Alternately, you could claim that they cut Saturday processing instead of raising prices. I'm hardly outraged about this.
By law, all the blood donations in the US have to come from volunteers -- donors are not allowed to sell blood
Then fix the law. I'll give my blood away for free when everyone working at the blood bank and the hospital start working for free as well. Until then, my O-Neg blood is staying where it is. Frankly, it takes balls to ask me to donate when everyone else in the system is in there for the money. Pay people for blood and the shortages will disappear. At least in the US. 3rd world countries may have other institutional problems getting in the way.
With the long term capital gains tax rate at 15%, I'd just pay the tax. Odds are that rate is going back up at some point in the not too distant future.
Oh, I've bought a few phones that were, in hindsight, mistakes. I knew what I was buying, I just didn't know it was crap. Android prior to Gingerbread was crap, and even Gingerbread was kind of iffy. Fortunately, smartphones have reached a point where even the cheap phones are pretty nice. My S3 is approaching 2 years old and I may continue to use it for another 2 years.
I always fill out the conscientious objector form, even though my kid is vaccinated. It's none of the government's business. Yep, I'm one of those people.
He's a columnist. He's probably more qualified than the idiots who write for my local newspaper. But his job is to write something even if he doesn't really have anything to say.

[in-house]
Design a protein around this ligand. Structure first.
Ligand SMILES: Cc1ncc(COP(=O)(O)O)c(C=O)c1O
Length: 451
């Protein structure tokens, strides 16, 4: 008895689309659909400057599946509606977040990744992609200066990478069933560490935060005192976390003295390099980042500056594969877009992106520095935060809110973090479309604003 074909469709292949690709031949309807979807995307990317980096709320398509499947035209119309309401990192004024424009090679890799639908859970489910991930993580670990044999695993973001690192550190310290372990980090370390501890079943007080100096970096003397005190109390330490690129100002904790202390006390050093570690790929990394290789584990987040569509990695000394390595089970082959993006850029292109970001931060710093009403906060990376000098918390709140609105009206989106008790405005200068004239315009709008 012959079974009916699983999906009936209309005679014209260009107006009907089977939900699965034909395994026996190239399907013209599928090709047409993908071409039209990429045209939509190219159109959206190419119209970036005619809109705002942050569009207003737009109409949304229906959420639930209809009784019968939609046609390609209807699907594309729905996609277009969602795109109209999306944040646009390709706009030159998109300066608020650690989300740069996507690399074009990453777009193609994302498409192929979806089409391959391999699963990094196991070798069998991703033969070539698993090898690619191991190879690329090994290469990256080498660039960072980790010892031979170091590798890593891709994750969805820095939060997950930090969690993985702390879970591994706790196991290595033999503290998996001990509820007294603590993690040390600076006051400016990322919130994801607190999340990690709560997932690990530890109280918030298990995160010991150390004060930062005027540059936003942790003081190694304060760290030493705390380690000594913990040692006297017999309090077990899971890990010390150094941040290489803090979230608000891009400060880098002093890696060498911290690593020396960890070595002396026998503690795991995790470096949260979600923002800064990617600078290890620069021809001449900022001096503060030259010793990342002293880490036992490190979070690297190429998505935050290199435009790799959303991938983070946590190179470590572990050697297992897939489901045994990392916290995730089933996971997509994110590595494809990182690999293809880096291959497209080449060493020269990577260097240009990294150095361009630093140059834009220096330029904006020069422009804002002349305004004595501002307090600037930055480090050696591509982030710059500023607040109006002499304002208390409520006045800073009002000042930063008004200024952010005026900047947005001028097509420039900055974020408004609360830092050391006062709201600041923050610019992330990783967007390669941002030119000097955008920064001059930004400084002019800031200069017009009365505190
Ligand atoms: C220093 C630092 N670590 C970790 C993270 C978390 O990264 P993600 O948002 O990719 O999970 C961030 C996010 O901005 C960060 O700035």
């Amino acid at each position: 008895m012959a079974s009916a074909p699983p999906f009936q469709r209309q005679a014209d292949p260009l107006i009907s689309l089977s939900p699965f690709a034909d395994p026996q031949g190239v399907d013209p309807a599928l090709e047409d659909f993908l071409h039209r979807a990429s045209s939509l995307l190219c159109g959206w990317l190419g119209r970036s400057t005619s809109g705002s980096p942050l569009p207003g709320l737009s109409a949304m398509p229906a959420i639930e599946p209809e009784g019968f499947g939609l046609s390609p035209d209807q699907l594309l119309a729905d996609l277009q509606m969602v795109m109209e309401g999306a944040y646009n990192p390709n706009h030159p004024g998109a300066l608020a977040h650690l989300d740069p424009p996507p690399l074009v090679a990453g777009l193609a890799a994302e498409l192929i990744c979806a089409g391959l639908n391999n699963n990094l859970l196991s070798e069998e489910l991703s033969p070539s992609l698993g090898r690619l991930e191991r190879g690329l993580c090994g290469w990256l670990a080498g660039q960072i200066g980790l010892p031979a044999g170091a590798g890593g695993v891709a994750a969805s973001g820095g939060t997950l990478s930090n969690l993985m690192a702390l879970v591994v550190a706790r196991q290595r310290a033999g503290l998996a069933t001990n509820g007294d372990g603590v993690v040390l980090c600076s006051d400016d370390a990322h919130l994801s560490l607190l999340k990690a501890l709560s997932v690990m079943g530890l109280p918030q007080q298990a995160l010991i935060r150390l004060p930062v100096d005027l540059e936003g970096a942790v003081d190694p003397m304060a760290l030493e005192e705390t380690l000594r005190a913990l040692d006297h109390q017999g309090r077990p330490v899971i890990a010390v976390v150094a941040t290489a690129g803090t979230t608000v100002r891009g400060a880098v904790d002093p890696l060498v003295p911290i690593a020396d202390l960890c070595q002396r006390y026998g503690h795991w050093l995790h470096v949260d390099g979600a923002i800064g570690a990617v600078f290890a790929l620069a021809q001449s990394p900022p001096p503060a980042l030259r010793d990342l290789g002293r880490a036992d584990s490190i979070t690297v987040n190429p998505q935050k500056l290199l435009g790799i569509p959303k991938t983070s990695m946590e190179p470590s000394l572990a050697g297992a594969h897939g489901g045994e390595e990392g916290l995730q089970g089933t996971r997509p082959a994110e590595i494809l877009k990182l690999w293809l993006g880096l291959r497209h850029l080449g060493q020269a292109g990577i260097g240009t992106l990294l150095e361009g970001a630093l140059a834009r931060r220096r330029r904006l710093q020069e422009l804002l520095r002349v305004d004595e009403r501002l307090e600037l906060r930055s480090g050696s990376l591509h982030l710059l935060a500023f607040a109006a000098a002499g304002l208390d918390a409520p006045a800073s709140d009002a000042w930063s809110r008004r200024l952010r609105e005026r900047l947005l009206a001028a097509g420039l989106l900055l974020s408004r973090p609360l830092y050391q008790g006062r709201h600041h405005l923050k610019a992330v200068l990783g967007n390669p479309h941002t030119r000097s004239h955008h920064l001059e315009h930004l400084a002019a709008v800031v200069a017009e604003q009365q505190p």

And in this case, there's not much to say. Movie streaming, DVD sales, rentals, etc., are tied up in a web of contracts and distribution agreements, and it's entirely possible that a studio couldn't sell streaming on some things even if they wanted to. Also, a lot of movies are available on Amazon Instant Video as 24 hours rentals. Ta Da. The challenge for Amazon, Netflix, and the studios is how do they milk the most money out of consumers while at the same time satisfying all of their existing contractual obligations. They're all smart companies, it's just more complicated than poor Bennett understands.
They're a fantastic business machine. They really are.
But at the same time, Microsoft is losing a whole generation of users who are learning that they don't need Microsoft. I would argue that a lot of Apple's success today stems from the fact that they were the dominant machine in schools 30 years ago.
Kids today are running around with 7" tablets. Sure, they're infotainment, but they do everything on those tablets. Web, Skype, Netflix, they type up homework, and of course, play games. It is a major strategic mistake to ignore the 7" tablet market.
I use a DNS (hosts file) based ad blocker. Works great. Although I'm less concerned about being tracked than I am about someone using ad networks as a vector for malware.
I'm not opposed to advertising, but until ad networks can be trusted, I'm going to leave the blocks in place.
It's called equipment monitoring. I make a monitoring system for stand-by generators. It turns out that there are laws about how often you can run your generator in a non-emergency fashion in some states. My monitoring service costs a tiny fraction of the fine for an incomplete log book. As an added benefit, it can automatically notify your maintenance company that the generator needs repair or fuel.